Monday, July 14, 2008


I've been reading a lot poetry and criticism by Louis Dudek lately and one of the inescapables is his ceaseless resistance to Marshall McLuhan's essential concept that the "media is the massage", that how the sign signifies is also what the sign signifies. Dudek rejects the idea of hot and cold media as inhuman at its best and dehumanizing at its worst. Any communicative project that effaces the creative or intellectual effort of the individual person is bad and any such project that celebrates (even poorly) the genius of the individual is good. Thus, Dudek privileges poetry over prose, film over television - especially films that communicate the vision of a single man, such as Chaplin - and conversation over politics.

Here's the kicker: there are two very different modes of thought mobilized by McLuhan here that Dudek rejects together, because Dudek - the eternal pessimist - only seriously considered the negative consequences of McLuhan's cold media. For instance, the TV, that one-way short-circuit to the brain via the optic nerve not only catalyzes the air we breathe into a sodden brain-blanket but it causes tunnel vision, permitting the viewer(s, ad infinitum) a limited, cardboard-tube sight line through its lens. So, by providing an omni - a saturation of the atmosphere - TV creates a uni- the peephole of the screen.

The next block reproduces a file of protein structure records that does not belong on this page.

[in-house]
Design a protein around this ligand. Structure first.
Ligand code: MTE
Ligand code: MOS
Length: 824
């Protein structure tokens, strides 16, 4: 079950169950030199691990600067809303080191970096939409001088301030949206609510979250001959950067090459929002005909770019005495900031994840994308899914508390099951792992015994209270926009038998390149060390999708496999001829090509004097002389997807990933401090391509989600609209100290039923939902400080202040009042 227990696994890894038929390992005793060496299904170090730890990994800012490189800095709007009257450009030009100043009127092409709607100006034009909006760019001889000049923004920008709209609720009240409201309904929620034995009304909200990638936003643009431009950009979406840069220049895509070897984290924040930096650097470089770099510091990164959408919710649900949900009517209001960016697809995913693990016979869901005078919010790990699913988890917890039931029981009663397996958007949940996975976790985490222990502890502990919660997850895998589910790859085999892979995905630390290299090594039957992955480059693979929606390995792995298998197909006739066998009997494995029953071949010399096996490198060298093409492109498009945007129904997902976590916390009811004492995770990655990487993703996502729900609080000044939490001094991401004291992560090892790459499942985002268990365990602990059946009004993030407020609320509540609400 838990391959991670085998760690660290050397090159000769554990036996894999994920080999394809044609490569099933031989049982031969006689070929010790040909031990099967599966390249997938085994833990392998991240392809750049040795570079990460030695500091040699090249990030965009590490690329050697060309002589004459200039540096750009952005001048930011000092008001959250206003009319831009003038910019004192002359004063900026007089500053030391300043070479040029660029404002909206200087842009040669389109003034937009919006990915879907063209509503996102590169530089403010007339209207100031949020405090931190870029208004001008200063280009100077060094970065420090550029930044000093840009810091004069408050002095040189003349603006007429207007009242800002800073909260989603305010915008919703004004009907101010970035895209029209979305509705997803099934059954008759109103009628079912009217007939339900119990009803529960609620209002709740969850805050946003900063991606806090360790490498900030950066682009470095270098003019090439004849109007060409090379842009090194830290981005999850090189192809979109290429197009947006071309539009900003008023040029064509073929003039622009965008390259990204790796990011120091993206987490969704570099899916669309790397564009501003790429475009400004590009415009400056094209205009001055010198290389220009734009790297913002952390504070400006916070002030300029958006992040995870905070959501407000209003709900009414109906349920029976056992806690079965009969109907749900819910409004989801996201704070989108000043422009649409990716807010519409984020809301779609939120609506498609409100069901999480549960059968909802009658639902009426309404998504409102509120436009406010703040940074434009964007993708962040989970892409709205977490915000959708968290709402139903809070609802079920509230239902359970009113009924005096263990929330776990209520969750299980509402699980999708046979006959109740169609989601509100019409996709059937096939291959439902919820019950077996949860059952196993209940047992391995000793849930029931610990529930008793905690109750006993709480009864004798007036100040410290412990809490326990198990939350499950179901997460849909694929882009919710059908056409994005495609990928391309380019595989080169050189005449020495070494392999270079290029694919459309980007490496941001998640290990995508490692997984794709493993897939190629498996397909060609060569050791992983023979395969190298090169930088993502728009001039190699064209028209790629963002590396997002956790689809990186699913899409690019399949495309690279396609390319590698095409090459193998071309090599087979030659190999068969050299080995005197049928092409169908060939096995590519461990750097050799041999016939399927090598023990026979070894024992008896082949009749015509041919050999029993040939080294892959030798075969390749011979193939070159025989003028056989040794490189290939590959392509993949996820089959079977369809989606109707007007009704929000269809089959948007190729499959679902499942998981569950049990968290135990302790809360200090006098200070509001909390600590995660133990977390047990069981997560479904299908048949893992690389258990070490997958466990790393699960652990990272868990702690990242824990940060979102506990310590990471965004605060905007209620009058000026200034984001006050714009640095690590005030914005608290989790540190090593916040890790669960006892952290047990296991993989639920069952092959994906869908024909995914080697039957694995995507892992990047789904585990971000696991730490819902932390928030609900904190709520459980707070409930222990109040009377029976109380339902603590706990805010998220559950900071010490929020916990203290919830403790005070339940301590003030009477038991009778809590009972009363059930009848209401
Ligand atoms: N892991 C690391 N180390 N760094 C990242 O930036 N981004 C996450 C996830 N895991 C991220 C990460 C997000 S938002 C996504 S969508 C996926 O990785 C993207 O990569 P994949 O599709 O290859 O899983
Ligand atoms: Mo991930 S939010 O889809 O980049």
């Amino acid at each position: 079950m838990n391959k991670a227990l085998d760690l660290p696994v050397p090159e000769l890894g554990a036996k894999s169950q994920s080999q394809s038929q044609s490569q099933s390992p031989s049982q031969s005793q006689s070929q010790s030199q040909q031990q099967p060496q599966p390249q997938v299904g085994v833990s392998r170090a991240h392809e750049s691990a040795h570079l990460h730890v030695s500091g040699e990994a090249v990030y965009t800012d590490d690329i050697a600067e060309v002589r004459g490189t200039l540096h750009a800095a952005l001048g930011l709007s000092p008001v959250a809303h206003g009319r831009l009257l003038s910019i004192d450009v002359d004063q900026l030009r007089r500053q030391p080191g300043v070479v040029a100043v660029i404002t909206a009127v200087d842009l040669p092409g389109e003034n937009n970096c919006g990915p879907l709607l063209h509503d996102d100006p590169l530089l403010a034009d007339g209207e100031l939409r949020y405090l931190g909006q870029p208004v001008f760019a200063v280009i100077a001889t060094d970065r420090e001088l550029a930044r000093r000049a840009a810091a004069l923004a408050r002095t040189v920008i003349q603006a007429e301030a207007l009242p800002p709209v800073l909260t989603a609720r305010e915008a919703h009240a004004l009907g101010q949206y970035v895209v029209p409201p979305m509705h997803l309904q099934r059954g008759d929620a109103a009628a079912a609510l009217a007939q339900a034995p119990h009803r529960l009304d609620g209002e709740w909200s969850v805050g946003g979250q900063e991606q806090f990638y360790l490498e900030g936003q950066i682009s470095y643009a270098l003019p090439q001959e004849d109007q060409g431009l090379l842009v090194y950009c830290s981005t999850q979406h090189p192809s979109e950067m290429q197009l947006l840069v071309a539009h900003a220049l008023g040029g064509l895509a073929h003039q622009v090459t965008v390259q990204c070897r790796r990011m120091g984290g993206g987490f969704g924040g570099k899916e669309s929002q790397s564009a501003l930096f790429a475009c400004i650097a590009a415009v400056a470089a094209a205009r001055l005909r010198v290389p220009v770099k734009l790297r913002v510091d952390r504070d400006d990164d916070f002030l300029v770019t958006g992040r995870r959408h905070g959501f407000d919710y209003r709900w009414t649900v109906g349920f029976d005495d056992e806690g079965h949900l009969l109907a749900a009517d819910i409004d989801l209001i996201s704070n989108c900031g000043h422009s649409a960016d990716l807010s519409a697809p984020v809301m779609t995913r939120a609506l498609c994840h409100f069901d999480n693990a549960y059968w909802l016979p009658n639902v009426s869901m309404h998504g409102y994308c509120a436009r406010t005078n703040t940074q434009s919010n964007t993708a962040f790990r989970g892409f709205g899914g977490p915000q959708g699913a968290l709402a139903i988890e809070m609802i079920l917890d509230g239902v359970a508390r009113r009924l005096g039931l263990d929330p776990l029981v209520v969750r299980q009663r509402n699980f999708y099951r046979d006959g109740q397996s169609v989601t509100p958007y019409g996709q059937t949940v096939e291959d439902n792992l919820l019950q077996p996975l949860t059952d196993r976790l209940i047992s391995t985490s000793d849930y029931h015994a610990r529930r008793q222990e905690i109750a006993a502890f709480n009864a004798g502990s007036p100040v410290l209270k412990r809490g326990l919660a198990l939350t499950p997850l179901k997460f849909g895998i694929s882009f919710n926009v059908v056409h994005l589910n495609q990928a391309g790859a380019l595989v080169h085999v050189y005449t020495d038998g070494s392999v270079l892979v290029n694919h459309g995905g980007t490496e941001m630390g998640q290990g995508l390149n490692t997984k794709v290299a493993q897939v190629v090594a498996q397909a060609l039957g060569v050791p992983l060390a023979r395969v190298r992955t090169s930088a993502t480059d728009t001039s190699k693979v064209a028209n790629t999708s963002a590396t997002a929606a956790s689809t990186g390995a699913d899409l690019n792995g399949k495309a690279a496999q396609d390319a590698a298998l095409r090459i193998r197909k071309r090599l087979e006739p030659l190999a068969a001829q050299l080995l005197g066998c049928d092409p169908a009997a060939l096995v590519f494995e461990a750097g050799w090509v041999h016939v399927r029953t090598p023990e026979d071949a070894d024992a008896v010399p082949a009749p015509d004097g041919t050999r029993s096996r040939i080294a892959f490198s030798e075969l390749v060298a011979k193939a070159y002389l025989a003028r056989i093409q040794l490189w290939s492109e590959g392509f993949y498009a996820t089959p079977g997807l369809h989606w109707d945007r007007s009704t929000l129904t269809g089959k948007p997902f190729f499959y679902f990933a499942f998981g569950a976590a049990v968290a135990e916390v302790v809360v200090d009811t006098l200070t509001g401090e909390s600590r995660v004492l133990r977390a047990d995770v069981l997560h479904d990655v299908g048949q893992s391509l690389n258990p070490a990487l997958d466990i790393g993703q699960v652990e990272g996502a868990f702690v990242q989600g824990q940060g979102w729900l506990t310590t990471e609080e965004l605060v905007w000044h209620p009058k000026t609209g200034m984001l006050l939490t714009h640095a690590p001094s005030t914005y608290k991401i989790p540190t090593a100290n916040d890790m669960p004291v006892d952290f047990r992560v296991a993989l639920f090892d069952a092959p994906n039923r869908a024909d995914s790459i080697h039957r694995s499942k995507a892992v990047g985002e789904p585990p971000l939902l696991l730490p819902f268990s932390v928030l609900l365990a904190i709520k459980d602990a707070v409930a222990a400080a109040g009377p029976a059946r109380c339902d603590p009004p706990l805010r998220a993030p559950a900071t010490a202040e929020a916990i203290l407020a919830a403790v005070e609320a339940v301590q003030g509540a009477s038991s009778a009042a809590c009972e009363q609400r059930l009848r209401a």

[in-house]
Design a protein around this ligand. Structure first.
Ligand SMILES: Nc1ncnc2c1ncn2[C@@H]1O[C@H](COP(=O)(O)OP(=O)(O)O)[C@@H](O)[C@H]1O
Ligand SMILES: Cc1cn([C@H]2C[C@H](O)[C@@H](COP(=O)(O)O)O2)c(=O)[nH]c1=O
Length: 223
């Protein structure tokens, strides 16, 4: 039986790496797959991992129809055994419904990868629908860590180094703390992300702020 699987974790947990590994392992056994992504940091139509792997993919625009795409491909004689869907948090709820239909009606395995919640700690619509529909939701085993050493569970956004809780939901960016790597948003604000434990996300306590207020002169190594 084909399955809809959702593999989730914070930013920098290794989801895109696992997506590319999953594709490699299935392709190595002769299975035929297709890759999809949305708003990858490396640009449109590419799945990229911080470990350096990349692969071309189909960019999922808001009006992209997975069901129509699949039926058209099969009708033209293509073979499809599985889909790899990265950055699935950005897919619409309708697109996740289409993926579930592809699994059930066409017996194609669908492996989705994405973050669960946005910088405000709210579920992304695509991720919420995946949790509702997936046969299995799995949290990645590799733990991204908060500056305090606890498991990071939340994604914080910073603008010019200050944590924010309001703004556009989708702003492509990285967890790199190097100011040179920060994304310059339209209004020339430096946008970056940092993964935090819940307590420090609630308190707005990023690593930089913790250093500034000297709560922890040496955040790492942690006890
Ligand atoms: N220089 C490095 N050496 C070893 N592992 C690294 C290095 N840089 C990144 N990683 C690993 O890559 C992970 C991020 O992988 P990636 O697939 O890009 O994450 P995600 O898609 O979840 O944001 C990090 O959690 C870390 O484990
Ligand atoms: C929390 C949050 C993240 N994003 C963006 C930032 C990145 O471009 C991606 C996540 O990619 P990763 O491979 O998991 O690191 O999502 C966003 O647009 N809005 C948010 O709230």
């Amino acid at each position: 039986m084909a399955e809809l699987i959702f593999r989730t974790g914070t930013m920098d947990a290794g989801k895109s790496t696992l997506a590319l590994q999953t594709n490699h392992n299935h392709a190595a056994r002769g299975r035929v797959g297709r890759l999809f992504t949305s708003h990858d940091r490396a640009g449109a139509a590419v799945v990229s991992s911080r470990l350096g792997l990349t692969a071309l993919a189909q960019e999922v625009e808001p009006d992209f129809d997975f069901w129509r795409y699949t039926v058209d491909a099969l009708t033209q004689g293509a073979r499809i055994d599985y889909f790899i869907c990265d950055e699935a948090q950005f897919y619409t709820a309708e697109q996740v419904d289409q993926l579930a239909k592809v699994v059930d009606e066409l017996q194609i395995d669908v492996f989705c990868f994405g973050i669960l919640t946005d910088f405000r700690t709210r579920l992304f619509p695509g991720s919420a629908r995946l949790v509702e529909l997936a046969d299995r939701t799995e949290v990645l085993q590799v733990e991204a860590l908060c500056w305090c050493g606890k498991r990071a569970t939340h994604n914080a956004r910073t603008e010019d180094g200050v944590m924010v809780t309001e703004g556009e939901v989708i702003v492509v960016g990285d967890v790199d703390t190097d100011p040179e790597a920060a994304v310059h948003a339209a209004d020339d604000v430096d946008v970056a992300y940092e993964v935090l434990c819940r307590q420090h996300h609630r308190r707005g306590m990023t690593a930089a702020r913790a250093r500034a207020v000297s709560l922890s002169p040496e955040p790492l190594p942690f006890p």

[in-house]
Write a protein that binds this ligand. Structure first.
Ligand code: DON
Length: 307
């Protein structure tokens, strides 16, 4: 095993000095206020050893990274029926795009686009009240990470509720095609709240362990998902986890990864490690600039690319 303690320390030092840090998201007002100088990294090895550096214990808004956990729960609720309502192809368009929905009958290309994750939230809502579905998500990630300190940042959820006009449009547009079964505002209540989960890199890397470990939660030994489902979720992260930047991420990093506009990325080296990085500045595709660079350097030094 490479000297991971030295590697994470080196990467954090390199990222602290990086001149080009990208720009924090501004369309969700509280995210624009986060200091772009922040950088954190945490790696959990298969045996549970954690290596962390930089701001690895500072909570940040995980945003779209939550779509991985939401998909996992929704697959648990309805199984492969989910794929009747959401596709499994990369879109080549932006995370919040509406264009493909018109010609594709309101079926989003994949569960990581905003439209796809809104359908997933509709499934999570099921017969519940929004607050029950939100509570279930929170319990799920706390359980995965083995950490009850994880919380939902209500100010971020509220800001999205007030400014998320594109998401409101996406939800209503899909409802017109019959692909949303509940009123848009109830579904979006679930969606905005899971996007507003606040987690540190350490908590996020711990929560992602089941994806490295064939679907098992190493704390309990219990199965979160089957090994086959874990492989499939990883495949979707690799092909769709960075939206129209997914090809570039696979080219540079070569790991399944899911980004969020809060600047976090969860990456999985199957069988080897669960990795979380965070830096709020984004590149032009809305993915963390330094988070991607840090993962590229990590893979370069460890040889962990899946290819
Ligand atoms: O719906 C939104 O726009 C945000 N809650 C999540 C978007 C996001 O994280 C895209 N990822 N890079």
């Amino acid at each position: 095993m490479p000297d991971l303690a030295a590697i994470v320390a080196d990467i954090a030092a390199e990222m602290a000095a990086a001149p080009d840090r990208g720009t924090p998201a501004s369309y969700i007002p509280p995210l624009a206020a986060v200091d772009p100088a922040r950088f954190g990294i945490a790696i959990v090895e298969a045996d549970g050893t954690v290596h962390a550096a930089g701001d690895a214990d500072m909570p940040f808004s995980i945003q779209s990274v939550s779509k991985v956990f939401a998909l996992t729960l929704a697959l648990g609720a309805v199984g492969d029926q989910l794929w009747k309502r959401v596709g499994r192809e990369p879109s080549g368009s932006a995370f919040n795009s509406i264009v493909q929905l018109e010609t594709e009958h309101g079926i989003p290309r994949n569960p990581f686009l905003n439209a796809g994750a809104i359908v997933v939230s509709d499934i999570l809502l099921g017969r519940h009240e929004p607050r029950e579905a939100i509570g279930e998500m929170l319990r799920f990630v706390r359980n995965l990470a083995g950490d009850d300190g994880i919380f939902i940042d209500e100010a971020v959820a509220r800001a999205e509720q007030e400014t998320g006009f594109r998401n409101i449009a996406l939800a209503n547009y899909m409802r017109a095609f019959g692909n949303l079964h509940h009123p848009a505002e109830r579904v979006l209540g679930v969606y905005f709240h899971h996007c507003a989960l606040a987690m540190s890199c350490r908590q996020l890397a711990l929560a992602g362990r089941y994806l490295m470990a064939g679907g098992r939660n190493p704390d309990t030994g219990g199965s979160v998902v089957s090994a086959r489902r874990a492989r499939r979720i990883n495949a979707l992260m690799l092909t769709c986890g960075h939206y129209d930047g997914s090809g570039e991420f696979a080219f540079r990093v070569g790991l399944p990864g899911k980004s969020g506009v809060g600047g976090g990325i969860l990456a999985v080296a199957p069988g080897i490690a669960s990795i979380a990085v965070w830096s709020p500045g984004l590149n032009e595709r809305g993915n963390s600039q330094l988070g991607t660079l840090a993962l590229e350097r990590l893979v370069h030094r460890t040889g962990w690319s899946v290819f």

The paradox of the how and the how-perceived came to mind while reading a recent copy of the Mirror. In the classified section towards the back, the various jobs and apartments being advertised are organized in neat columns according to subject matter or city region. With an exception: the telemarketing ads. There are no text-only ads, they all have photo matter and all are larger than column-width, running from 1/16 to 1/4 page in size. The paper makes the effort to treat these ads as regular classifieds by running a line of column-width Telemarketing category-headers across the top of the ads - a confused and rather ridiculous looking endeavor. The bottom of each page is taken by a pair of telemarketing ads at 1/4 and the top of each page contains one ad - a 1/16 on the left page and a 1/6 on the right.